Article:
Later improvements on traditional vacuum packaging include controlled-atmosphere packaging (CAP) and modified atmosphere packaging (MAP), both of which represent monumental chemical-engineering breakthroughs in the field of food processing.

During CAP oxygen and carbon dioxide levels inside the food-packaging environment are controlled to limit fruit and vegetable respiration. This technique slows ripening and spoilage of fresh produce and prolongs the shelf life.

MAP is a more advanced version of CAP that not only slows ripening but also prevents many natural reactions that cause foods to become rancid and spoil.

Brick packs and retort pouches

The invention of chemically sterilized brick packs is another important chemical-engineering contribution to food safety and convenience. These multilayer packages are widely used to package juice, milk, tomato sauce, and countless other products to protect the contents from spoilage without the need for refrigeration. The ingenious brick-shaped package is typically constructed from high-quality paperboard, plastic, and aluminum.

More recently, flexible, laminated retort pouches have been widely used for food preservation. Multilayered retort pouches are filled with wet foods, sealed, and then heat treated to sterilize the contents. The food within the pouch is never exposed to air again until eaten, so it can be stored without refrigeration.


Prepackaged, frozen, fast-cook, dehydrated, and microwavable foods are among the developments that make our fast-paced modern lifestyle more palatable. These present-day time-saving conveniences have been brought forward largely through the efforts of the chemical-engineering community.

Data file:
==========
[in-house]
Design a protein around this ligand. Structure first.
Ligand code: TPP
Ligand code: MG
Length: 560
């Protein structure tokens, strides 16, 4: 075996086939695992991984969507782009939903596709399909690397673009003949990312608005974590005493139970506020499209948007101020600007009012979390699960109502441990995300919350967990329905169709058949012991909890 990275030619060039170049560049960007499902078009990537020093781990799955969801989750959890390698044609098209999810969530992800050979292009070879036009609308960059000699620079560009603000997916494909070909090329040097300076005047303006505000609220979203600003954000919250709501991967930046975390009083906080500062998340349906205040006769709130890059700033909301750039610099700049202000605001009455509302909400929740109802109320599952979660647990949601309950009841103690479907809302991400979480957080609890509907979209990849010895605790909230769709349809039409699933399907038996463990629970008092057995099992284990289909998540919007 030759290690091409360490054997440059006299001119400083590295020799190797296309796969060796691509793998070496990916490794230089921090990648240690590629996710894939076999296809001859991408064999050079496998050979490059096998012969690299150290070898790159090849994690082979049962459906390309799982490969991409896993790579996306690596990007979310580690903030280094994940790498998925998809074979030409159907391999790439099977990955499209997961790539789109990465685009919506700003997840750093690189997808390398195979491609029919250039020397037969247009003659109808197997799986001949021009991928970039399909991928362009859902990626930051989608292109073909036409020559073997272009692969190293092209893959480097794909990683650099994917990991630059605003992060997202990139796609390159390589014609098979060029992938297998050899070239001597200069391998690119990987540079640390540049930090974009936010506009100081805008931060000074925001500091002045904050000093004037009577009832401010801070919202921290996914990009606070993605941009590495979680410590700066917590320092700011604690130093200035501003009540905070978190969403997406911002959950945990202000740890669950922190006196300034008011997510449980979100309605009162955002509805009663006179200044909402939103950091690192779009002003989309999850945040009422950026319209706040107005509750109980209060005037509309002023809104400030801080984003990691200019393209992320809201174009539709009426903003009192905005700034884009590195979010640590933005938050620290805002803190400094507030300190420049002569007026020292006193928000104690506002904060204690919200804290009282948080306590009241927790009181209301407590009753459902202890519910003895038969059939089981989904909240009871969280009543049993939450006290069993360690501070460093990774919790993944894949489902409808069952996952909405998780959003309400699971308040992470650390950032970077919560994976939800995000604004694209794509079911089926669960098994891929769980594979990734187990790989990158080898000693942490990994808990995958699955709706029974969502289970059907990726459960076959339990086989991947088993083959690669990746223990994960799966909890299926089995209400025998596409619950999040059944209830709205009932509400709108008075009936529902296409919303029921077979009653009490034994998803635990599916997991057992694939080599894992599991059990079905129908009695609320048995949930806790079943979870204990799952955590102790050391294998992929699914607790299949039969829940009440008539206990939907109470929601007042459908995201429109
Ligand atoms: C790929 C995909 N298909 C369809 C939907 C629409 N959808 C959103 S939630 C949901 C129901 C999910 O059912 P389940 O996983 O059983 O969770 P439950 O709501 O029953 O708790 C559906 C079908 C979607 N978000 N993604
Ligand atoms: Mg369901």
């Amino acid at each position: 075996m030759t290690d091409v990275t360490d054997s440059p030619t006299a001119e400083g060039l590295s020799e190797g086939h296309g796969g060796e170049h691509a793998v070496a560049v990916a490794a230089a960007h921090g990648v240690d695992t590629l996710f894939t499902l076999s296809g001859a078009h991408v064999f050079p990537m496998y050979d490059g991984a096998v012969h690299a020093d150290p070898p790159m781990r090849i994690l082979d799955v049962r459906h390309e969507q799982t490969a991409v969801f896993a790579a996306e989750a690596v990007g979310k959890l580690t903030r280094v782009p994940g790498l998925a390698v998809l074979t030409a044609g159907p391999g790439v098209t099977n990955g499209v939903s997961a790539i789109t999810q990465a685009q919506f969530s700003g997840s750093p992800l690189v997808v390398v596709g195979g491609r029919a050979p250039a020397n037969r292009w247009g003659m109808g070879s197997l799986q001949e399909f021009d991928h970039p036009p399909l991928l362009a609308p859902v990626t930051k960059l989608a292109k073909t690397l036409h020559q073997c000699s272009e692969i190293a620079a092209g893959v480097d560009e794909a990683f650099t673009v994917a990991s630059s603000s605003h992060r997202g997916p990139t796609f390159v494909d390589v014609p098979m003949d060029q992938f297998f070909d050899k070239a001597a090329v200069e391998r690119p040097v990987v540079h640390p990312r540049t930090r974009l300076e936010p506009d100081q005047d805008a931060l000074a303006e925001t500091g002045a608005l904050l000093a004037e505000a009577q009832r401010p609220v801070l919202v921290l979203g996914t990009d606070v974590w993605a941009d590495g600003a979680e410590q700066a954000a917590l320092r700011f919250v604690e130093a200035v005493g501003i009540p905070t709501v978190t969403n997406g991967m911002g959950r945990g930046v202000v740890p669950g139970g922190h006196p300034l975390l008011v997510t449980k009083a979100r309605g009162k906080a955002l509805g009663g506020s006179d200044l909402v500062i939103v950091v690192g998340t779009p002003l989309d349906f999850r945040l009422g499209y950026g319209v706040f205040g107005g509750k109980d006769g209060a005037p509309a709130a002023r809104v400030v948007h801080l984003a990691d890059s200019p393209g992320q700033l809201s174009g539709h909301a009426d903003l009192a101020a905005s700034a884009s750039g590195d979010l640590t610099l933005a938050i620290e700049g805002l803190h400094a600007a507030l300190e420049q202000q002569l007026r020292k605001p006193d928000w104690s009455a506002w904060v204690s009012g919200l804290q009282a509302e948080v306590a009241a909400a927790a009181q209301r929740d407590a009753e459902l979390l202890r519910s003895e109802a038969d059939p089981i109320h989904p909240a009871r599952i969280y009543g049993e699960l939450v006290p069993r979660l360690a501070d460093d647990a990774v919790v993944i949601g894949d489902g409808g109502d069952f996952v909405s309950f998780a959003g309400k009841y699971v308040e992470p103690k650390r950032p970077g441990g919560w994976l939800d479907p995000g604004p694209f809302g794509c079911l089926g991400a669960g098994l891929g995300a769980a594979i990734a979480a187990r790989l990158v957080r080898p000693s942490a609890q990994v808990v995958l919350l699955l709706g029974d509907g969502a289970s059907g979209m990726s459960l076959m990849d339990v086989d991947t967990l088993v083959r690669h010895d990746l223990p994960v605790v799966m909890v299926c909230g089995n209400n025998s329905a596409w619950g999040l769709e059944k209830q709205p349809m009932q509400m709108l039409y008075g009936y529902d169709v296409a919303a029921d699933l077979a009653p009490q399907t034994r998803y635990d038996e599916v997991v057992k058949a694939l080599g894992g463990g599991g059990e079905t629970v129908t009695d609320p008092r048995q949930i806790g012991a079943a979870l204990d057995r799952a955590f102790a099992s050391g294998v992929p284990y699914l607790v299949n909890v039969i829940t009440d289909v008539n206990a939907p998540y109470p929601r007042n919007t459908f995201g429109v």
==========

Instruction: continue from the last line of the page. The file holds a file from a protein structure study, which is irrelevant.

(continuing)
Fast and easy, delicious and nutritious

In an instant, heat and eat, just add water . . . and you’re on your way, fully fed. Our current fast-paced lifestyles have been supported by the development of a myriad of quick and tasty foods. Chemical engineers are largely responsible for first conceiving and then developing the many automated processes used to produce today’s easy-to-cook convenience foods.

Fast-cooking foods

Early efforts to produce fast-cooking rice, beans, and other legumes came with such nutritional tradeoffs as the removal of nutrient-rich outer bran layers. Chemical engineers developed imaginative food-processing techniques that allow highly nutritious brown rice, wild rice, beans and various crop seeds to be cooked quickly without sacrificing those outer layers.

Frozen foods

The initial challenge was to produce frozen foods that retain their appearance, texture, taste, and nutritional content when thawed and cooked. Chemical engineers discovered that quick-freezing processes helped thawed foods retain all their freshness. The blanching of vegetables followed by quick freezing suppresses the enzymes that cause discoloration and the development of bad flavors.

Individually quick frozen processing was developed in the 1960s. It involves flash freezing pieces of food, which allows them to retain their natural characteristics when thawed.